AFP: A decision to hold Iran’s parliamentary vote just a week before its main annual holiday has sparked protests from moderates who fear the timing could impede their chances, media reported on Wednesday. TEHRAN, June 6, 2007 (AFP) – A decision to hold Iran’s parliamentary vote just a week before its main annual holiday has sparked protests from moderates who fear the timing could impede their chances, media reported on Wednesday.
The Guardians Council, an unelected electoral watchdog that also vets all legislation, said last week the crucial vote would take place on March 14, just ahead of two weeks of New Year holidays that begin on March 20.
“The gentlemen have chosen this date as they might be worried about the poll results and the subsequent objections,” former interior minister Abdolvahed Mousavi Lari wrote in the Etemad Melli daily.
“One can understand the opposition’s doubts and concerns, given that the organisers and the watchdogs belong to the same political faction,” said the moderate cleric who served in the reformist cabinet of Mohammad Khatami.
Mousavi Lari complained that the date was “inappropriate” at a time when the country enters a two-week holiday during which newspapers generally cease publishing, leaving news agencies and state broadcasters as the only media.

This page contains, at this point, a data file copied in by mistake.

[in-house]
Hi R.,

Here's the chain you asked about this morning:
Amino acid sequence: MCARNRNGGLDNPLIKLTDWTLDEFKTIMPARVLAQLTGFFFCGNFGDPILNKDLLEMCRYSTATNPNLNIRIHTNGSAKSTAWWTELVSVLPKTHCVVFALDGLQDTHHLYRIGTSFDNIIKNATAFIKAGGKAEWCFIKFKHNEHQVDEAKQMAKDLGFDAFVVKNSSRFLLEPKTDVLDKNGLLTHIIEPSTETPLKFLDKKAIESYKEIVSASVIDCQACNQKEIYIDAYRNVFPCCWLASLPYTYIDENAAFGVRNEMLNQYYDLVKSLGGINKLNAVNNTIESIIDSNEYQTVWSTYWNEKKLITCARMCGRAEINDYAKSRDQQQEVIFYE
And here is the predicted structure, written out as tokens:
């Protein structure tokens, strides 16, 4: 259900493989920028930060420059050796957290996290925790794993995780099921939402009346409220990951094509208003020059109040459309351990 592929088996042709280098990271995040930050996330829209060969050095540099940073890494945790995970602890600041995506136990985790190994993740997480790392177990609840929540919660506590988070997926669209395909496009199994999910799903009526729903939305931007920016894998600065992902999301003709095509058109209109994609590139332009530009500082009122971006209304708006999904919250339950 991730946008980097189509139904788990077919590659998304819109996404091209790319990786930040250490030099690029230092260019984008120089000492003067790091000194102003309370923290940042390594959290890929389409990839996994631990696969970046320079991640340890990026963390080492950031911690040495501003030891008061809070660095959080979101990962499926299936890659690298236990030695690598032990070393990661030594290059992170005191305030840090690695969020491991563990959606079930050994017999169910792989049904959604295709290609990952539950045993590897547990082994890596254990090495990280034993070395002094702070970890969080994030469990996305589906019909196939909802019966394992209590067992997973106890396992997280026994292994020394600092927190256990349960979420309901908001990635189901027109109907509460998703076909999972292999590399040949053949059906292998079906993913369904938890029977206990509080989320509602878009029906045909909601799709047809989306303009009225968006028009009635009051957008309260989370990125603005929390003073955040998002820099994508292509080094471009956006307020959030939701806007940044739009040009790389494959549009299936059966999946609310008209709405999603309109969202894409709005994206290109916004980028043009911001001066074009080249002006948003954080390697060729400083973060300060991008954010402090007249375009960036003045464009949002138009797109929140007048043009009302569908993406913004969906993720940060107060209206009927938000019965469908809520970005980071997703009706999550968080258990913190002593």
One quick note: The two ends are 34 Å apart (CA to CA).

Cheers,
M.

“The candidates should have the chance to monitor the election in order to be assured about the polls, their health and the count,” he said. “Parties and groups will not be able to follow up on their demands.”
The timing for all elections is proposed by the interior ministry which organises the votes, but it also needs the approval of the Guardians Council.
An aide to former president Akbar Hashemi Rafsanjani feared the religious holidays, marking mourning for Imam Hossein and the death of the Prophet Mohammed, could be manipulated by certain political factions to garner votes.
“Those who have set this date may have wanted to exploit the emotional mourning atmosphere in favour of a certain group,” Hossein Marashi, former head of Iran’s Cultural Heritage Organisation, said in the centrist Ham Mihan daily.
The election for parliament, currently dominated by conservatives, is seen as a key test of the various conservative, moderate and reformist factions as they jockey for position ahead of the next presidential vote.
Iranian media have spoken of a possible alliance in the vote between supporters of Rafsanjani, Khatami and ex-parliament speaker Mehdi Karroubi as a moderate bulwark against hardliners loyal to President Mahmoud Ahmadinejad.
A conservative MP also warned the election date could be exploited by incumbent lawmakers running for another term as it coincided with parliament examining the budget bill for the next Iranian year.
“There is the risk that MPs will seek to attract votes in their constituencies using the budget bill,” Heshmatollah Falahat-Pisheh said in Ham Mihan.
However Interior Minister Mostafa Pour-Mohammadi defended the election date, which he said was “somehow imposed on us” by the proximity of the two major religious holidays.
“Those who are concerned should know we will not allow violations,” he assured the moderates, adding that newspapers will be encouraged to publish over the election period.